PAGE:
WHEN Yuki Shiraishi passes through immigration at Tokyo airport, she is hit with a wave of  shame and embarrassment.

While her parents whizz through the line for Japanese nationals, she is stuck with foreigners, surreptitiously trying to hide her Swiss passport.

Shiraishi is one of an estimated million citizens forced to give up their Japanese nationality when they became dual nationals.

The issue was thrust into the spotlight when tennis star Naomi Osaka won the  US Open. The 21-year old has a Japanese mother, a Haitian father and was born in Japan but raised in the United States.

She has dual citizenship but will technically have to decide by her 22nd birthday which flag to play tennis under, unless Japanese authorities turn a blind eye to a special case.

Shiraishi, now 34, is battling for change. With a group of others, she filed a suit this year against the Japanese government in a bid to reform what critics see as an antiquated and obsolete system.

''I was being rejected'' : She was born and raised in Switzerland, her parents working for the UN and the United Nations High Commissioner for Refugees.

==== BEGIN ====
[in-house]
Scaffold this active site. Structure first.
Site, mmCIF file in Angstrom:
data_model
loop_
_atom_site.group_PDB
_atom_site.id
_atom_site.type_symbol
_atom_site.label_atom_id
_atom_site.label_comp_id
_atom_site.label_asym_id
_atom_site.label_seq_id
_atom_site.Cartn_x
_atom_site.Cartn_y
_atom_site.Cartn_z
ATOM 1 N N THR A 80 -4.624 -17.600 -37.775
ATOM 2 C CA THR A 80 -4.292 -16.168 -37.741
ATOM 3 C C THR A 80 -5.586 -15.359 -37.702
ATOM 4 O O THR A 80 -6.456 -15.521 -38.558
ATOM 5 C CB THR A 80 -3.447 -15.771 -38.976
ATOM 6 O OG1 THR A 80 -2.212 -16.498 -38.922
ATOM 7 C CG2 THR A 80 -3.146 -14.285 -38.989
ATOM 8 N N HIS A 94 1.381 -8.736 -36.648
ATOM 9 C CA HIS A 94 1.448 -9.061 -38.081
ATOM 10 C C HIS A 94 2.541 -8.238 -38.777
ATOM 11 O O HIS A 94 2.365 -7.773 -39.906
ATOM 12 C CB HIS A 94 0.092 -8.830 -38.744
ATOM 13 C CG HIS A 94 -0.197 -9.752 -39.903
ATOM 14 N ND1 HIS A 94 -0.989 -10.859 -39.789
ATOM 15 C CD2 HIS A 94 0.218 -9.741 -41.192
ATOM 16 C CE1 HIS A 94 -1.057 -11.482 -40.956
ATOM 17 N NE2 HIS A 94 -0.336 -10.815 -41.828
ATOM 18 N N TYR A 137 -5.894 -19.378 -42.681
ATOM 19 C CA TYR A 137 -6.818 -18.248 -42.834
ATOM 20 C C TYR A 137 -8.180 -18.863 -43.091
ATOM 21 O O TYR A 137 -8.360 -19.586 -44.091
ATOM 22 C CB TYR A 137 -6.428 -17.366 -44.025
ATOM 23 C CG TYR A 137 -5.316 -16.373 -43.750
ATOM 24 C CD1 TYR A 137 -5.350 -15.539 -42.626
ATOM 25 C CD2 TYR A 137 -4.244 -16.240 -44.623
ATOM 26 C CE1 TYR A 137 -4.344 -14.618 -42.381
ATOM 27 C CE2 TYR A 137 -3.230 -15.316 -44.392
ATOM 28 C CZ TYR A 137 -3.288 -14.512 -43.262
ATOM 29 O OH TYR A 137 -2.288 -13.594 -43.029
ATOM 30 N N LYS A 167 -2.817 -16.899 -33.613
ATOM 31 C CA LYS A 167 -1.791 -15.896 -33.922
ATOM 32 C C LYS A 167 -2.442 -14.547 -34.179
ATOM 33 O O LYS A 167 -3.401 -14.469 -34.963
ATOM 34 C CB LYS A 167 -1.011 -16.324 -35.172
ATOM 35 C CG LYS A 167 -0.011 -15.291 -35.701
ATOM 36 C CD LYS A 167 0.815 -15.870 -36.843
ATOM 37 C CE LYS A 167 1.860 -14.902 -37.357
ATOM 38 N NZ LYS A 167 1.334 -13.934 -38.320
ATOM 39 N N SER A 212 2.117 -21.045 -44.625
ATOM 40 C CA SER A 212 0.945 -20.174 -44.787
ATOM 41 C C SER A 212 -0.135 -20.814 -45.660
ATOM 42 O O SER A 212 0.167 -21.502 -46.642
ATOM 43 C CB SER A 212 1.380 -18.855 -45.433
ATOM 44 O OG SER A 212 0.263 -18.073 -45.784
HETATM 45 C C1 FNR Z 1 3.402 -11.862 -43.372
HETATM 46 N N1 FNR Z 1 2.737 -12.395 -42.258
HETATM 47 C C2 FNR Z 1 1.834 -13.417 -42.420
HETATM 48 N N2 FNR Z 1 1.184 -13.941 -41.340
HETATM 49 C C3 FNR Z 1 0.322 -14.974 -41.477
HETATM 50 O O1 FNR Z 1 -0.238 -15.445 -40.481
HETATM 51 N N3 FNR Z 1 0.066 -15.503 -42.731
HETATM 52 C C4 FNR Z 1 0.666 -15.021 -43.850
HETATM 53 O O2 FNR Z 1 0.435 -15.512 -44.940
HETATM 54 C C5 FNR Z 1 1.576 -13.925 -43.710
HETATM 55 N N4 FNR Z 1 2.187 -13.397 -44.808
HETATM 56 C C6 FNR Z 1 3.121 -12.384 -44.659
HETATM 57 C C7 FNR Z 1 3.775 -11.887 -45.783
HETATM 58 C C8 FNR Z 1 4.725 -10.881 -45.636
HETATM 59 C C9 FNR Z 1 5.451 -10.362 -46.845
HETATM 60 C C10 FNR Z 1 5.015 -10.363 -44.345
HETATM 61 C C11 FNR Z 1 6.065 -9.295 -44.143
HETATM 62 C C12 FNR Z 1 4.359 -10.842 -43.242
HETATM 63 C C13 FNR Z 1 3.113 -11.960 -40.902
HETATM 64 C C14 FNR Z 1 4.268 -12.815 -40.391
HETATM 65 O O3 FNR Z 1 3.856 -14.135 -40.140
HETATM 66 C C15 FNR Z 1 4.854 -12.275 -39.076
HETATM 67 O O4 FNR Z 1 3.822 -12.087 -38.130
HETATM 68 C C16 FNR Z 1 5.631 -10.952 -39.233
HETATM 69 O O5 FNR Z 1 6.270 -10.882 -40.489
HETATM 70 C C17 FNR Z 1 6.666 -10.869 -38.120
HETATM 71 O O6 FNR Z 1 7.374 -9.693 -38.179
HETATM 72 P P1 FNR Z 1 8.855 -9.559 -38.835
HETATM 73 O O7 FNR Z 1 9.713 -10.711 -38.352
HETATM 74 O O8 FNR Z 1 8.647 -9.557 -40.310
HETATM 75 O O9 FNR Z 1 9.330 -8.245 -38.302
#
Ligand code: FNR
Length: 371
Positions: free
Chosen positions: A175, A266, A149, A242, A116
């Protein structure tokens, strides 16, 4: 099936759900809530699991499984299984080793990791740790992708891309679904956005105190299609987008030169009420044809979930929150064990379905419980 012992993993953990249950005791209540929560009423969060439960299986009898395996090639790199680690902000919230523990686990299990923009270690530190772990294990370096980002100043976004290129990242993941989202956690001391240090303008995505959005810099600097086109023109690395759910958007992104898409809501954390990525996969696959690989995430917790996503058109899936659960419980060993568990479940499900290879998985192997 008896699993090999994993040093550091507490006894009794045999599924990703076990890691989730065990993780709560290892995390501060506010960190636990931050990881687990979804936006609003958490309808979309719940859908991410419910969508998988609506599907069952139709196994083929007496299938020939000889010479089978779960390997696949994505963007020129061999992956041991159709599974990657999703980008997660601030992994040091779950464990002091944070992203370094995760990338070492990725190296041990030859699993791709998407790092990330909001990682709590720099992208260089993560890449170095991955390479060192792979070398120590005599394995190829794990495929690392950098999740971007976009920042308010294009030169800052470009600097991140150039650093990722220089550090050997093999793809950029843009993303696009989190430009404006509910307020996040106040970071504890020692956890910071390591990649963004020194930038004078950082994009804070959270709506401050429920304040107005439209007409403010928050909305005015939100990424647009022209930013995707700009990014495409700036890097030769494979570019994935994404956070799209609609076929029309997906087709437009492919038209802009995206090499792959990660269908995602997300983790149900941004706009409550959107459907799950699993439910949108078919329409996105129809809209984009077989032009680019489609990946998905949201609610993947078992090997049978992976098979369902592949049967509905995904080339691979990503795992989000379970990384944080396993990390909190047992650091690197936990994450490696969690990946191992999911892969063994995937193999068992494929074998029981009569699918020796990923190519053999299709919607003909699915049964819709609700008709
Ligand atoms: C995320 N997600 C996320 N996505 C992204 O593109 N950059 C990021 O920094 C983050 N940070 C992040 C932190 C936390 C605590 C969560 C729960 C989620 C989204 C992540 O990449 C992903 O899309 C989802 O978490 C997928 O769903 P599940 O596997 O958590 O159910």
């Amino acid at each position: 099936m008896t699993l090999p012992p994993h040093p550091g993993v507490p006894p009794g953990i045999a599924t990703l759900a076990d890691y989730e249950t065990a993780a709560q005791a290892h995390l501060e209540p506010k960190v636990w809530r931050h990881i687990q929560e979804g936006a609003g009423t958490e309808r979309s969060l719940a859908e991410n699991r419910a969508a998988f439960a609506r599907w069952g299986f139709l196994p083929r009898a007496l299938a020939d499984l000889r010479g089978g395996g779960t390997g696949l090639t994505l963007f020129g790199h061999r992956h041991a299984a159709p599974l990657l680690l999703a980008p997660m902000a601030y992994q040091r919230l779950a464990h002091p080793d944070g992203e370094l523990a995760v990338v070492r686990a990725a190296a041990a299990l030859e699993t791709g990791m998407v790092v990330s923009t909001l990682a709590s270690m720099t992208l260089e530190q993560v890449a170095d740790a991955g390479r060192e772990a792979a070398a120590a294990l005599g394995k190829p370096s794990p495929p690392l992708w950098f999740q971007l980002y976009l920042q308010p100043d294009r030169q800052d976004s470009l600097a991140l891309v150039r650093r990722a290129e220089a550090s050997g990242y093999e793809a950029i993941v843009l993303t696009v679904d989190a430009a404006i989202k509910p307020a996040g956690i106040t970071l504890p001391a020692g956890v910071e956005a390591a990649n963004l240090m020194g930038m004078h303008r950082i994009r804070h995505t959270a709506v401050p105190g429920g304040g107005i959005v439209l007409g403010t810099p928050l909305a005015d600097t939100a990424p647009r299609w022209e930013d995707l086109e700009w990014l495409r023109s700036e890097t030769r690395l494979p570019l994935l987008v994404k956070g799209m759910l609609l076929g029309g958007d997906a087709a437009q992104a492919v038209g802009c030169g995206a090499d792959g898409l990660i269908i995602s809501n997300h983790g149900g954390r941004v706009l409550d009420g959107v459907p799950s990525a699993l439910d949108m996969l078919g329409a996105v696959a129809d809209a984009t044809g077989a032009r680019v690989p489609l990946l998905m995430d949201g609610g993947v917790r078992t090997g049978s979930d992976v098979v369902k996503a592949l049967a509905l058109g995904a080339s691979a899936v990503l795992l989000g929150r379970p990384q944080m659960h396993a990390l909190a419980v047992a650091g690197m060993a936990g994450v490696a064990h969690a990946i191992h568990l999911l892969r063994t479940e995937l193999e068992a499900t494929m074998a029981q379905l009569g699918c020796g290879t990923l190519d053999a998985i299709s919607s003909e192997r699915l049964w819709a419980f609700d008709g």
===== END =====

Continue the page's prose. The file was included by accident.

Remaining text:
Shortly before she turned 16, she took her parents advice and obtained Swiss nationality to facilitate day-to-day administrative issues.

It was only when she returned to Japan, six years later that she realised what that decision meant.

Her father, a lawyer, advised her to return her Japanese passport. ''For him there was no question of me living ''hidden'' residing against Japanese laws by hiding two passports in secret.''

She went to the consulate and describes a sad experience of feeling thrown out by her own country.

''I realized that without any reason I was being rejected. I was being cut away from my country even though I was born with a Japanese passport, my two parents are Japanese and I still have very close ties with Japan,'' she said.

What really stung me when her name was transformed for official purposes from the traditional kanji letters to a Western-style alphabet.

''I pretended that  it was just an administrative thing. But in fact, it really hurt,'' she said. [Agencies]

The honor and serving of the latest operational research on dual nationals continues.


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